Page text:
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Using GRUB 2 is harder than GRUB 1 for these use cases:

  • It looks like if I want to reorder GRUB 2 menu entries appear in the selection window, I have to rename the files in "/etc/grub.d/" directory.
  • If I have to change boot order, I first have to look in "/boot/grub/grub.cfg", check when the entry I want to be default appears, then set the GRUB_DEFAULT parameter in "/etc/default/grub" to match it (counting from 0).

The old GRUB used to allow me to do all of this by just moving text entries in "/boot/grub/menu.lst" around. This much-simpler way kept me using GRUB 1 for a while. This makes me wonder if there's a specialized tool to make all of this easier.

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4 Answers

Daniel Robbins,creator of Gentoo Linux, has been working on something called "Boot-Update" for Funtoo. I've not tried it. Seems to be what you are looking for.

http://docs.funtoo.org/wiki/Funtoo_Boot-Update

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This looks like the update-grub script in Ubuntu, which doesn't allow customizing Grub, which I think the OP wants. –  phunehehe Feb 18 '11 at 2:16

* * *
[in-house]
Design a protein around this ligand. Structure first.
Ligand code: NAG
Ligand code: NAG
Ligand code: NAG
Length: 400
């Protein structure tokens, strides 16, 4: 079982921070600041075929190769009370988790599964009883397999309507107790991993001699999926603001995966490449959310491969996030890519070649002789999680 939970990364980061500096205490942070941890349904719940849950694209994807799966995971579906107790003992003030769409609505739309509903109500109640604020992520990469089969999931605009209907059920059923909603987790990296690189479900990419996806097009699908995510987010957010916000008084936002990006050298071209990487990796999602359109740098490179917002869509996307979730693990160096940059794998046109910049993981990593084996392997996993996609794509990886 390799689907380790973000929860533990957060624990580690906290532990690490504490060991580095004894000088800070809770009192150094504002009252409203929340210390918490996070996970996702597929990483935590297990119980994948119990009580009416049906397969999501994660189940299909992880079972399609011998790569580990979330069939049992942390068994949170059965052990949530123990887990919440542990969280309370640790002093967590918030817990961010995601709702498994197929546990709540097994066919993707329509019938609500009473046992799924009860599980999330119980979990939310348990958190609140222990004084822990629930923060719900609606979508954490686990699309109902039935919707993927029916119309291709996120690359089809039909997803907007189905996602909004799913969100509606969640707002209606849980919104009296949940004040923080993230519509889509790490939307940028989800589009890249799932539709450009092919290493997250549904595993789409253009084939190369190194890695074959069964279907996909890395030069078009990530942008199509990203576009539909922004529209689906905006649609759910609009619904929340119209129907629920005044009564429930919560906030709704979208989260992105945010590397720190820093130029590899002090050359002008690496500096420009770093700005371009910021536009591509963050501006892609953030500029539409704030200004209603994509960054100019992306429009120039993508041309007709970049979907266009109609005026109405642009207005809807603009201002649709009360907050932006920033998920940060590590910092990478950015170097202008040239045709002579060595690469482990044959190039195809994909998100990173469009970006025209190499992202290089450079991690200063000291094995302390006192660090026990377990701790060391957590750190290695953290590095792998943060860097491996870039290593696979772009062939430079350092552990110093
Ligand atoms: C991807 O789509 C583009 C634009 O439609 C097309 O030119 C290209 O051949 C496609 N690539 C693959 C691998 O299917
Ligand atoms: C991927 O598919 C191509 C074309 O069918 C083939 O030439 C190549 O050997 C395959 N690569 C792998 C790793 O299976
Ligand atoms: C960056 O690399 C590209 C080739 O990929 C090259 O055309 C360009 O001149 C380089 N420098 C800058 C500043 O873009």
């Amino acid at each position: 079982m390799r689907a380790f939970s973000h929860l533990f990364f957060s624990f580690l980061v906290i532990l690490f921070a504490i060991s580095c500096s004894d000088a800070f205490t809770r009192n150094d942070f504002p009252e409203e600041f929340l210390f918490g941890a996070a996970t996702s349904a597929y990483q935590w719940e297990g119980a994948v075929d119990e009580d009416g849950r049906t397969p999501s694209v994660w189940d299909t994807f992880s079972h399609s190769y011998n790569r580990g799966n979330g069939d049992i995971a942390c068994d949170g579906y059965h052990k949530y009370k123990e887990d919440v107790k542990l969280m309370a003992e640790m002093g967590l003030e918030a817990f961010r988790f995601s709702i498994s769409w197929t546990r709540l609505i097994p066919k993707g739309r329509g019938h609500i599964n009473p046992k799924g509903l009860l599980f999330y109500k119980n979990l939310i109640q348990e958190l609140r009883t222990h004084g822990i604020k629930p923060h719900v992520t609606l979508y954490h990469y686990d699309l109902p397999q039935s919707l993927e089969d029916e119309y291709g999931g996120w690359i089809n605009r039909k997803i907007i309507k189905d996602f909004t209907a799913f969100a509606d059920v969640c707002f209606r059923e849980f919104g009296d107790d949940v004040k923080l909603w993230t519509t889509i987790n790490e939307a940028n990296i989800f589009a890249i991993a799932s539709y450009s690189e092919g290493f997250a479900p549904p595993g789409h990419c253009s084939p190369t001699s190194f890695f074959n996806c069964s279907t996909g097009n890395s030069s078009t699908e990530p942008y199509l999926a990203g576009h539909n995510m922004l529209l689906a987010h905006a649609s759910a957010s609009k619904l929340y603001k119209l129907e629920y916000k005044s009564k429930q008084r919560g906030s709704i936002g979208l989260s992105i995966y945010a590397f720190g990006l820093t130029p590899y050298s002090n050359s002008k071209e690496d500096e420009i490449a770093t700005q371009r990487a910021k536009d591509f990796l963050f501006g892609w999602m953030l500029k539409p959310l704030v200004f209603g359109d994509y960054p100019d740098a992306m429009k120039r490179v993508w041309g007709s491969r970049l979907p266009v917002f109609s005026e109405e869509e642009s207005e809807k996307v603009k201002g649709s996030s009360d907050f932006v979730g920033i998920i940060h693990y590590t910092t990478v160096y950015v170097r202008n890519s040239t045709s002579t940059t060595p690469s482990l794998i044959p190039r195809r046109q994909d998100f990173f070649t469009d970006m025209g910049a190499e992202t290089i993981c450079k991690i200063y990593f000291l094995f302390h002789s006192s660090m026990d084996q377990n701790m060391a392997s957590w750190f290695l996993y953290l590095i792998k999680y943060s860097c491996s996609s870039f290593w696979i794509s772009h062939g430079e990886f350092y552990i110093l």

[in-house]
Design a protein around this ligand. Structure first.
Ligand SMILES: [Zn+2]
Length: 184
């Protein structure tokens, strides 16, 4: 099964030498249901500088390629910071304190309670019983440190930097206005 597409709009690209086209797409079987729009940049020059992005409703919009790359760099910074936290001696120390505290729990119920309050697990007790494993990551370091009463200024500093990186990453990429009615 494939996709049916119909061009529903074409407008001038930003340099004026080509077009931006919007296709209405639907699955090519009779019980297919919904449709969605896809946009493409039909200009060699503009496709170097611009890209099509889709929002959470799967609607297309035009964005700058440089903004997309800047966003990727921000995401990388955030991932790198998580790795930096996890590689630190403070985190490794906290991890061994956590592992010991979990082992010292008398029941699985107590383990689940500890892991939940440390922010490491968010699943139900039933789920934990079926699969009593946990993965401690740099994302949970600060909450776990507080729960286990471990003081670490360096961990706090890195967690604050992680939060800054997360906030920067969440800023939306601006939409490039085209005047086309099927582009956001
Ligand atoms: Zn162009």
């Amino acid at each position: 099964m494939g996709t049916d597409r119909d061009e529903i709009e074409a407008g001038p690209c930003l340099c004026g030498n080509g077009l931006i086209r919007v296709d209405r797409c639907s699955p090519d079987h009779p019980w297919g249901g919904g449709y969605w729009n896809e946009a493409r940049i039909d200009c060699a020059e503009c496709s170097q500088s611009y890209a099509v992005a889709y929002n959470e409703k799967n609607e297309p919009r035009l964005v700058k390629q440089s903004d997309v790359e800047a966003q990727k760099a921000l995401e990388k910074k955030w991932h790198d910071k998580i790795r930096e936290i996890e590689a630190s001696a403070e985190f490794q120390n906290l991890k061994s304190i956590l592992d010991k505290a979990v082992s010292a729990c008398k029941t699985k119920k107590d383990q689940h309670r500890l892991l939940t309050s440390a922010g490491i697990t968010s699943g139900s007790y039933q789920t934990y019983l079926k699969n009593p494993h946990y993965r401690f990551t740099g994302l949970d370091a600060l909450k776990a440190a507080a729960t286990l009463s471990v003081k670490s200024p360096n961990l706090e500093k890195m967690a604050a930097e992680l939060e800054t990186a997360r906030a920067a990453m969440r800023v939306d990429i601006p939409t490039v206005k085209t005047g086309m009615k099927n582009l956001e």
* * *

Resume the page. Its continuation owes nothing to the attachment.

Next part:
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boot-update ( http://www.funtoo.org/wiki/Boot-Update ) is working and generates great results for funtoo operating systems and for dualboot with Windows as far as I know. Other Configurations still need to be tested but it should work too, if you gave it a try let us know, but I guess just porting boot-update to other systems isn't that easy, as the output is colored by an internal function you have to copy with or implement :) For further questions you are welcome to ask here or at irc freenode #funtoo

Greetings

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I don't think that grub2 is anyhow harder compared to grub1. It's just very different.

Having different files in /etc/grub.d/ looks more clever for me, you don't need to reconfigure it each time. That is goal. You setup settings you need once and then new changes will get right place in config automatically with grub2-mkconfig but it's offtopic so there are also lots of additional tools to make it easier. For example Grub customizer.

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Grub 2 is horrid. I threw it out and use extlinux (part of syslinux package) from now on. To answer your question, there is no easier way.

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